(ii) The most commonly used stain for the gastric biopsy for the detection of H. pylori is the modified giemsa stain. Sections of the biopsy in a patient with gastritis would show epithelial damage and a generalized decrease in the thickness of the mucus layer. Eroded areas of the stomach lining would also show the presence of white blood cells such as lymphocytes and neutrophils. A haematoxylin and eosin stain of a person with chronic gastritis would show polymorphonuclear leucocytes intruding into the lining of the mucus gland. Helicobacter pylori resides deep into the lining of the stomach wall, and as the polymorphonuclear cell cannot easily reach the site of infection, they release superoxide radicals which damages the stomach lining. A methylene blue stain of the section would stain the H. pylori bacteria blue and would present as small curve shaped, spiral bacteria in the mucus lining.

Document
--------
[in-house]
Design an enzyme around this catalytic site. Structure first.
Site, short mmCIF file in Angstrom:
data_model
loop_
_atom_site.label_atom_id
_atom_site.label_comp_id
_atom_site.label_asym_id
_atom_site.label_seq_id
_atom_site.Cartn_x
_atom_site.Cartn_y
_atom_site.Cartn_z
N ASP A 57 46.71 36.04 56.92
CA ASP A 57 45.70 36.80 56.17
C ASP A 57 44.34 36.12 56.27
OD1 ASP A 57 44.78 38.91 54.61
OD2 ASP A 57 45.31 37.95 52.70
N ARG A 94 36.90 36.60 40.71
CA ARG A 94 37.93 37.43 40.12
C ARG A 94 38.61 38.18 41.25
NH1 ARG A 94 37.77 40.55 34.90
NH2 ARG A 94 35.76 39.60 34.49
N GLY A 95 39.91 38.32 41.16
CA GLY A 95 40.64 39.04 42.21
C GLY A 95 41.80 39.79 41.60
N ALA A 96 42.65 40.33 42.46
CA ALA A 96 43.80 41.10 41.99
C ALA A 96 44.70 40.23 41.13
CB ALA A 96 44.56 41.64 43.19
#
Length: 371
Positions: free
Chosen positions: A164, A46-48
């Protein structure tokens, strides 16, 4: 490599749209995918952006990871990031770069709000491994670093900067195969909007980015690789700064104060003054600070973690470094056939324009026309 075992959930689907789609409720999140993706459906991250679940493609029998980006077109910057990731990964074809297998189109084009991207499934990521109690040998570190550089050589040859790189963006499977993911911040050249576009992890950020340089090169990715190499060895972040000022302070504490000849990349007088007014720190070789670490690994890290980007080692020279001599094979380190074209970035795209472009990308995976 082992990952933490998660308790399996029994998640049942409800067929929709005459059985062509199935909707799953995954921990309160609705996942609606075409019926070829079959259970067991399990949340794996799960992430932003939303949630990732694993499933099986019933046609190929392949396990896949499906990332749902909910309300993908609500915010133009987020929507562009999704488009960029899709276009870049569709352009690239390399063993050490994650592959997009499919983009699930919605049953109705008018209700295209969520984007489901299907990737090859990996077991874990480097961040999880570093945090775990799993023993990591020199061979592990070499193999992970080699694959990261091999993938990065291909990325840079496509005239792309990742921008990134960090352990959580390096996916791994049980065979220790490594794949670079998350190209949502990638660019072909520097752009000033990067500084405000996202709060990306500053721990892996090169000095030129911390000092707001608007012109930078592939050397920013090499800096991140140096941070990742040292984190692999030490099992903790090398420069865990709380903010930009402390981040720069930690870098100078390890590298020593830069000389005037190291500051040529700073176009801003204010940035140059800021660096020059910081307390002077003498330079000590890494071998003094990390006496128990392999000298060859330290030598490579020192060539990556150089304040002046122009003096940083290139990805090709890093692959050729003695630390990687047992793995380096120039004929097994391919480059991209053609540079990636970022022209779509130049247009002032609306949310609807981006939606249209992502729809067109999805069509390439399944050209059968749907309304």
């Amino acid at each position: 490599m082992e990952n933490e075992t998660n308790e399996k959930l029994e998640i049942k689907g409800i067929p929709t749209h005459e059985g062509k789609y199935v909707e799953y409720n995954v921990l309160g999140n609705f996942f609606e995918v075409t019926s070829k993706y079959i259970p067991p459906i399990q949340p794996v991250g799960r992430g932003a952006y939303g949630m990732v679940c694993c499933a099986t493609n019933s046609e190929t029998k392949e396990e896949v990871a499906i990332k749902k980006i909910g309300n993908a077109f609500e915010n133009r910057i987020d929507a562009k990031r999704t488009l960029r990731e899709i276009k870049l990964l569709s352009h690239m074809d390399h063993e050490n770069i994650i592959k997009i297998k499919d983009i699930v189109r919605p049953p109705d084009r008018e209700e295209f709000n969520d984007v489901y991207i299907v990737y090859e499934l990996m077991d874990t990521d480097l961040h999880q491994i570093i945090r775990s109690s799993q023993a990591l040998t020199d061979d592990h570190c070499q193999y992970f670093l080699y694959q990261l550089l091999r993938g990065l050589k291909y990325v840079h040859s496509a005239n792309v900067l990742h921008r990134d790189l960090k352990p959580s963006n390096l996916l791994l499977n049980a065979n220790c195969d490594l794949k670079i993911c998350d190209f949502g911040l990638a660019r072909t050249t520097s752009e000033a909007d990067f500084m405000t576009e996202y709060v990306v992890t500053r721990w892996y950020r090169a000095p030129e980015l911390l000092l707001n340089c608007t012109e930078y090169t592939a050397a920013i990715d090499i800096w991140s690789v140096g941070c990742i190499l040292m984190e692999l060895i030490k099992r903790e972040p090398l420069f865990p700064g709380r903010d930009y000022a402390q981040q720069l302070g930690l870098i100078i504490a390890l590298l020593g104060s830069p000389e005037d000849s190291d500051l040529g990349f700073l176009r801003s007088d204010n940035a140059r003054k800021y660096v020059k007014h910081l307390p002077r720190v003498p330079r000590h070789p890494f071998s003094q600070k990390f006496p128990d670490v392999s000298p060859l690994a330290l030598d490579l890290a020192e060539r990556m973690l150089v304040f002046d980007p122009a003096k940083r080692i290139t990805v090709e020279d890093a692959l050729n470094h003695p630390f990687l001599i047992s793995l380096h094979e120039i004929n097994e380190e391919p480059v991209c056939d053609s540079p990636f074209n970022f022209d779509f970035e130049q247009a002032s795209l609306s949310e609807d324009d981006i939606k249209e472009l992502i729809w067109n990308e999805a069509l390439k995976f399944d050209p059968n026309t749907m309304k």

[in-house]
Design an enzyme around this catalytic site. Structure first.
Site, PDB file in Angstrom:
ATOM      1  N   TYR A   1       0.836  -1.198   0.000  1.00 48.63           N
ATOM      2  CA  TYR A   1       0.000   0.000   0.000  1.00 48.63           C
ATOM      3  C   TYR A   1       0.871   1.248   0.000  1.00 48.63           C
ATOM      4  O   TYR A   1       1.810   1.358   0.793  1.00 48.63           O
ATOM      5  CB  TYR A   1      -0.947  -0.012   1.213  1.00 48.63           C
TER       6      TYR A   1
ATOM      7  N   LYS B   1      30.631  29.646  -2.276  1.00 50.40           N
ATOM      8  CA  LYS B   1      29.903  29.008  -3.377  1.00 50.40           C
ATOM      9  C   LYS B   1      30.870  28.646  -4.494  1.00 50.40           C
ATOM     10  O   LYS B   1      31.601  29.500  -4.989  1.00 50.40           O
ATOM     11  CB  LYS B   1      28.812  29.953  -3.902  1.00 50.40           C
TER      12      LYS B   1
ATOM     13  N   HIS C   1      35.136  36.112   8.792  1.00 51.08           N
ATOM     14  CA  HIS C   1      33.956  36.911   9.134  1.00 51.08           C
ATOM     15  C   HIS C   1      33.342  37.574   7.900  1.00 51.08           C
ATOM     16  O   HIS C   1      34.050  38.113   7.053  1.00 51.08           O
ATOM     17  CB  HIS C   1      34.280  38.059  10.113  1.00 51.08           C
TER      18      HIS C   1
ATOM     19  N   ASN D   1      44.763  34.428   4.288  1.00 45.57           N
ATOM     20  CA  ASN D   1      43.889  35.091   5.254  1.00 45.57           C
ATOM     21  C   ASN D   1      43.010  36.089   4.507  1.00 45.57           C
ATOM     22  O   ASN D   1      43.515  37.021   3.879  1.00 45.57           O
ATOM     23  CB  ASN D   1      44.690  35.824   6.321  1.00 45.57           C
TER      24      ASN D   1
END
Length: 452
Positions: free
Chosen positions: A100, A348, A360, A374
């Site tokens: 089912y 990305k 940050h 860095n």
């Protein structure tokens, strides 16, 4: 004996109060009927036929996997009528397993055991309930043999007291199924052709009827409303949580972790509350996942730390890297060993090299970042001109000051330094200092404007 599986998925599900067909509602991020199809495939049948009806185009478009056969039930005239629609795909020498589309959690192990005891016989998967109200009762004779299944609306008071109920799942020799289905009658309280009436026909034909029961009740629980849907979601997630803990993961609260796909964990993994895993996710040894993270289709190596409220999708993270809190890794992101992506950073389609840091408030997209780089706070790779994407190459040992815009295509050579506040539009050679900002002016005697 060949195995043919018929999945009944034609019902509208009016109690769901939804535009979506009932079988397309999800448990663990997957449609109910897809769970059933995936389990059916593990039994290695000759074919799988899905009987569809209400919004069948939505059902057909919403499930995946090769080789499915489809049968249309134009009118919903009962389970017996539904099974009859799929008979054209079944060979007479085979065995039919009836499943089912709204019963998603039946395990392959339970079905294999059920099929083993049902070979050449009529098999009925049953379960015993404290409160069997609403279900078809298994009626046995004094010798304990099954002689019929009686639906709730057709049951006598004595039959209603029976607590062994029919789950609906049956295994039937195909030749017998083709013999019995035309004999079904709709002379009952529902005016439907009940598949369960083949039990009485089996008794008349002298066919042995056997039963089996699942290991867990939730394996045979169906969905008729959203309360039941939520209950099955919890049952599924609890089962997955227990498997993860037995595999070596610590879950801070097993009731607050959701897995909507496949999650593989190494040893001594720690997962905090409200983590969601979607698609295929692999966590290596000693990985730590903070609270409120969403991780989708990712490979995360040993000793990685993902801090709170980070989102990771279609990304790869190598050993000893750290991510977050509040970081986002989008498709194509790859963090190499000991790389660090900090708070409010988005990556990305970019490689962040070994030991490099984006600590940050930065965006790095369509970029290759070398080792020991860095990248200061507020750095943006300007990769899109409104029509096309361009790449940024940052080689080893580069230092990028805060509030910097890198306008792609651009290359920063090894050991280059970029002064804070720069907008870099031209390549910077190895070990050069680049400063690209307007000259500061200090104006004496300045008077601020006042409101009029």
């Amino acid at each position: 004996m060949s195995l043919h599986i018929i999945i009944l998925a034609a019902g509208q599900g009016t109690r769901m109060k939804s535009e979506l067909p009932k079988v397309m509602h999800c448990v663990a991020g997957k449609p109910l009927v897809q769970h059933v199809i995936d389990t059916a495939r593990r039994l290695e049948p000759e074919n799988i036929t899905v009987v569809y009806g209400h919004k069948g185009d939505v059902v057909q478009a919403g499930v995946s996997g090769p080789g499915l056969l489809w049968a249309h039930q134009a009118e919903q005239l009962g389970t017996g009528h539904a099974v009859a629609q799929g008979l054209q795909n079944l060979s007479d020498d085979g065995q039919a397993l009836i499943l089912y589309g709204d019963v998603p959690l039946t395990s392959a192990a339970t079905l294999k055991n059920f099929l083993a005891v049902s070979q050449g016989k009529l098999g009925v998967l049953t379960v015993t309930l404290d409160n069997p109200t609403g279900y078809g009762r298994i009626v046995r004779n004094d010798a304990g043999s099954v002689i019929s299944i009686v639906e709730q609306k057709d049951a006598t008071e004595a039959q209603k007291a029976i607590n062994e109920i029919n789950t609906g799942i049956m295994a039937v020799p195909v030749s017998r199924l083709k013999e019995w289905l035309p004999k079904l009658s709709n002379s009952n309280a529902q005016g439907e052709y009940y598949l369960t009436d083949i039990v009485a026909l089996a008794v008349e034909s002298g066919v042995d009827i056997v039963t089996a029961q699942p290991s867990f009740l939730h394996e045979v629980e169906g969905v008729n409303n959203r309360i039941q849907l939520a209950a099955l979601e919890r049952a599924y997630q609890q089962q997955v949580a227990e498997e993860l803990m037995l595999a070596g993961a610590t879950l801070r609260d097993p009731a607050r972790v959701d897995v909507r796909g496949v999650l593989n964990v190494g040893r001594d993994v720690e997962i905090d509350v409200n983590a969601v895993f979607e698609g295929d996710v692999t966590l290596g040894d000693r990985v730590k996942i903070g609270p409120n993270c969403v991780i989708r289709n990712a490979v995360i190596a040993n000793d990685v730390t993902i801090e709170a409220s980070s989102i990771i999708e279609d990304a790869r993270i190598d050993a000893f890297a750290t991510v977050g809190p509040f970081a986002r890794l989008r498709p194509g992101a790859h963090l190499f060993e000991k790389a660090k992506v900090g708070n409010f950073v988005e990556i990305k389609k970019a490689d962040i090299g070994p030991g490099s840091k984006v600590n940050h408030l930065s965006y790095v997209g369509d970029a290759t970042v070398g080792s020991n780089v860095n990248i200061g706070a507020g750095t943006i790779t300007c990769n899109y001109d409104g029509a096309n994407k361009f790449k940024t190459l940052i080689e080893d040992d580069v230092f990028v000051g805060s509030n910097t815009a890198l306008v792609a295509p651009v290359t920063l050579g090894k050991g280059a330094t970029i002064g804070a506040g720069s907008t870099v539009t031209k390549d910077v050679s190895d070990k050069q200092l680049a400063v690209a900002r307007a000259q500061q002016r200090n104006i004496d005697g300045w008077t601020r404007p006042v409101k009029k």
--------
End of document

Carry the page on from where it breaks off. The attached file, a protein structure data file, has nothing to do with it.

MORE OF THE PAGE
(iii) 13C urea breath test is a very accurate, non-invasive, simple test that can produce results within 20 minutes. Helicobacter pylori produces urease enzyme which forms the basis of 13C urea breath test. The patient is given a non-radioactive 13C urea to drink, which is broken down into ammonia and bicarbonate by the urease enzyme in Helicobacter pylori. Bicarbonate ions dissociate into Carbon dioxide and water in the acidic environment of the stomach. The 13C isotope containing carbondioxide is absorbed into the blood stream and taken to the lungs to be expired. Readings are taken of the expired air and the results are sent to the lab for Mass correlation spectrometry to be performed and levels of 13CO2 are determined, which are synonymous with the presence of Helicobacter pylori.
(iv) A triple regimen therapy is advised to the patient, which consists of a proton pump inhibitor (e.g. omeprazole) and two antibiotics (e.g. amoxicillin,